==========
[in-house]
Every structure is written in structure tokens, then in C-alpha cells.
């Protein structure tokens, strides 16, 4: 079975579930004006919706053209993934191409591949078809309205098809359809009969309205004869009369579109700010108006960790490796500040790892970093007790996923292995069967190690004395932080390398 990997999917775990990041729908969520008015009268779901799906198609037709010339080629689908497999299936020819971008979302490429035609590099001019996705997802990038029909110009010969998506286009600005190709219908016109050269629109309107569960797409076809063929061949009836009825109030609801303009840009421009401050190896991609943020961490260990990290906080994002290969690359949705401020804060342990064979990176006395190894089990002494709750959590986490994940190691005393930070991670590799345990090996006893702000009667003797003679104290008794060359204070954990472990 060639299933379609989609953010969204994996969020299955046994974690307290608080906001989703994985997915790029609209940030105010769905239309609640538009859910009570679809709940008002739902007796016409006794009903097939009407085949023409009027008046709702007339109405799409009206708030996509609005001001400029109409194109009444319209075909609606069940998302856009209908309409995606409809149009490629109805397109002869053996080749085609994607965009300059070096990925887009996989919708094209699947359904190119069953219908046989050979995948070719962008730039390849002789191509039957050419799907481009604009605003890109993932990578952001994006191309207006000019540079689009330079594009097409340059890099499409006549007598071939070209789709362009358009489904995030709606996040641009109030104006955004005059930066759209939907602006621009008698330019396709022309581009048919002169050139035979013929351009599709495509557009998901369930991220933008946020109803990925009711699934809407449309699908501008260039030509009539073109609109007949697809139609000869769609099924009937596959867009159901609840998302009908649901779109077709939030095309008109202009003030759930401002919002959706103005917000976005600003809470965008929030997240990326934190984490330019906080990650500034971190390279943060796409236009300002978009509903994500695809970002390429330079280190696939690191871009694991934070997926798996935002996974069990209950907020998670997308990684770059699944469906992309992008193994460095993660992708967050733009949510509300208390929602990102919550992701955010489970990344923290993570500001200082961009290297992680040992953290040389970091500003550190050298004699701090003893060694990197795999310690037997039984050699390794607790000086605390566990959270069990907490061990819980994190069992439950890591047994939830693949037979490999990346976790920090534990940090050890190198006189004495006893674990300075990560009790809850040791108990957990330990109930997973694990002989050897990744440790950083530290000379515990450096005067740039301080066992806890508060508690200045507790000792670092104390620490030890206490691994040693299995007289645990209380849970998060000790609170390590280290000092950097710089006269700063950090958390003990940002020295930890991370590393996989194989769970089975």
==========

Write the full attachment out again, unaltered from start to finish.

[in-house]
Every structure is written in structure tokens, then in C-alpha cells.
């Protein structure tokens, strides 16, 4: 079975579930004006919706053209993934191409591949078809309205098809359809009969309205004869009369579109700010108006960790490796500040790892970093007790996923292995069967190690004395932080390398 990997999917775990990041729908969520008015009268779901799906198609037709010339080629689908497999299936020819971008979302490429035609590099001019996705997802990038029909110009010969998506286009600005190709219908016109050269629109309107569960797409076809063929061949009836009825109030609801303009840009421009401050190896991609943020961490260990990290906080994002290969690359949705401020804060342990064979990176006395190894089990002494709750959590986490994940190691005393930070991670590799345990090996006893702000009667003797003679104290008794060359204070954990472990 060639299933379609989609953010969204994996969020299955046994974690307290608080906001989703994985997915790029609209940030105010769905239309609640538009859910009570679809709940008002739902007796016409006794009903097939009407085949023409009027008046709702007339109405799409009206708030996509609005001001400029109409194109009444319209075909609606069940998302856009209908309409995606409809149009490629109805397109002869053996080749085609994607965009300059070096990925887009996989919708094209699947359904190119069953219908046989050979995948070719962008730039390849002789191509039957050419799907481009604009605003890109993932990578952001994006191309207006000019540079689009330079594009097409340059890099499409006549007598071939070209789709362009358009489904995030709606996040641009109030104006955004005059930066759209939907602006621009008698330019396709022309581009048919002169050139035979013929351009599709495509557009998901369930991220933008946020109803990925009711699934809407449309699908501008260039030509009539073109609109007949697809139609000869769609099924009937596959867009159901609840998302009908649901779109077709939030095309008109202009003030759930401002919002959706103005917000976005600003809470965008929030997240990326934190984490330019906080990650500034971190390279943060796409236009300002978009509903994500695809970002390429330079280190696939690191871009694991934070997926798996935002996974069990209950907020998670997308990684770059699944469906992309992008193994460095993660992708967050733009949510509300208390929602990102919550992701955010489970990344923290993570500001200082961009290297992680040992953290040389970091500003550190050298004699701090003893060694990197795999310690037997039984050699390794607790000086605390566990959270069990907490061990819980994190069992439950890591047994939830693949037979490999990346976790920090534990940090050890190198006189004495006893674990300075990560009790809850040791108990957990330990109930997973694990002989050897990744440790950083530290000379515990450096005067740039301080066992806890508060508690200045507790000792670092104390620490030890206490691994040693299995007289645990209380849970998060000790609170390590280290000092950097710089006269700063950090958390003990940002020295930890991370590393996989194989769970089975």